The government is charging the poorest people in Brighton and Hove premium phone rates for calling many vital services.
Job centre appointments, child support advice and help with pensions, bereavements, student loans and the national minimum wage all involved calling 0845 numbers at charges of up to 41p a minute.
And a critical report by the Commons Public Accounts Committee – a cross-party group of MPs – found that too many callers were kept on hold for too long.
One MP complained that a constituent had spent £30 just to make an appointment with a doctor for her disabled son.
The Public Accounts Committee report, published today (Monday 11 November), said that government departments were “continuing to make extensive use of higher rate phone numbers for customer telephone lines despite the fact that many people are put off calling as a result”.
The report, entitled Charges for customer telephone lines, said: “The most vulnerable callers, on the lowest incomes, face some of the highest charges.
“Costs to callers are even higher because the caller has to endure long waiting times and poor customer service.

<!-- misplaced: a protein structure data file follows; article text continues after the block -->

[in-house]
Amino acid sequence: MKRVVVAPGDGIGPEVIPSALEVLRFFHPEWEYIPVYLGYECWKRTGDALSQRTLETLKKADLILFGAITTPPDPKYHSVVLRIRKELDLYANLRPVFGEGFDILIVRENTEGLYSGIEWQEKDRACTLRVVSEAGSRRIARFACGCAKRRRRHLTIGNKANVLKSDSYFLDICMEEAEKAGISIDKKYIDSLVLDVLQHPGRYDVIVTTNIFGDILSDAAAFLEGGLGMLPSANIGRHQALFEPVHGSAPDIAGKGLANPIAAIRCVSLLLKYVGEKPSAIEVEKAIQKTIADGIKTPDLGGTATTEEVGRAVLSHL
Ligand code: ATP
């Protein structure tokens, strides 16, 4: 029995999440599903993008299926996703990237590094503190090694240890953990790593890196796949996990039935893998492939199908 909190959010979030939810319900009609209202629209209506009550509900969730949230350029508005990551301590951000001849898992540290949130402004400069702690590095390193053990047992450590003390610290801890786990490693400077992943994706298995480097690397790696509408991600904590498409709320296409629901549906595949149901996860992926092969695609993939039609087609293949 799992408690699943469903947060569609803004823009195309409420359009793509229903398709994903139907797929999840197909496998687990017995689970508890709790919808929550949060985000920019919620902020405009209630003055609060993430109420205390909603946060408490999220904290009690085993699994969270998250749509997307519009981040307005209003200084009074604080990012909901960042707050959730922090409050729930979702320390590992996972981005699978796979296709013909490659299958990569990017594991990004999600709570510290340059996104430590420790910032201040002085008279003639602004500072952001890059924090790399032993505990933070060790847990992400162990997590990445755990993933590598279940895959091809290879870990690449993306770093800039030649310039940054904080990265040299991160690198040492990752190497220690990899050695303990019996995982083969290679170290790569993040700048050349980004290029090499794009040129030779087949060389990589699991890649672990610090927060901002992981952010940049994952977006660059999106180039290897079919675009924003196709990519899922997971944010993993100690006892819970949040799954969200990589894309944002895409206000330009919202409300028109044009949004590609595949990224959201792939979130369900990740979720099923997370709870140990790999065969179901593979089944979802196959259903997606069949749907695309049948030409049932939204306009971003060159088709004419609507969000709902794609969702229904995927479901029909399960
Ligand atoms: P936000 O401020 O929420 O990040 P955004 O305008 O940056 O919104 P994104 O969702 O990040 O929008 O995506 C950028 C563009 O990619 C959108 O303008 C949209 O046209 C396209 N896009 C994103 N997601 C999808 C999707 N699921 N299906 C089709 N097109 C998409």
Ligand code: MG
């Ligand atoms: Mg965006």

“We welcome the Cabinet Office’s acknowledgement that it was ‘inappropriate’ for vulnerable citizens to pay a substantial charge to access public services and its commitment to establish best practice in this field and ensure it is followed across government.
“In 2012-13 central government handled at least 208 million telephone calls.
“Some 63 per cent of calls to central government were to higher rate telephone numbers.
“The estimated cost to callers of these calls in 2012-13 was £56 million.
“Callers to higher rate lines paid £26 million in call charges while waiting to speak to an adviser.
“Costs of phone calls using 0845 or other higher rate phone numbers hit the poorest the hardest, particularly because they are most likely to be using mobile phones where the charges are even higher.”
The report said that a snapshot had showed that 120 of the 365 customer telephone lines across central government – or almost a third – used higher rate numbers.
Some 205 used less expensive geographic or equivalent numbers and just 40 were freephone numbers.
The report added: “The Department for Work and Pensions is the only department that consistently uses automated messages to warn callers to higher rate lines serving vulnerable groups of the cost of calls.
“The Cabinet Office recognises that the current situation is unacceptable and told us that it had recently established a working group that would prepare new principles for telephone use within six to eight weeks of our hearing.”
Only one doctor’s surgery in Brighton appears to be using a premium-rate number, the Ridgeway Surgery in Wodingdean, run by Jeremy Baker and Dodie Fahmy. It uses an 0844 number.
The Pensions Regulator, which is based in Trafalgar Street, Brighton, uses 0845 numbers for some callers including whistleblowers.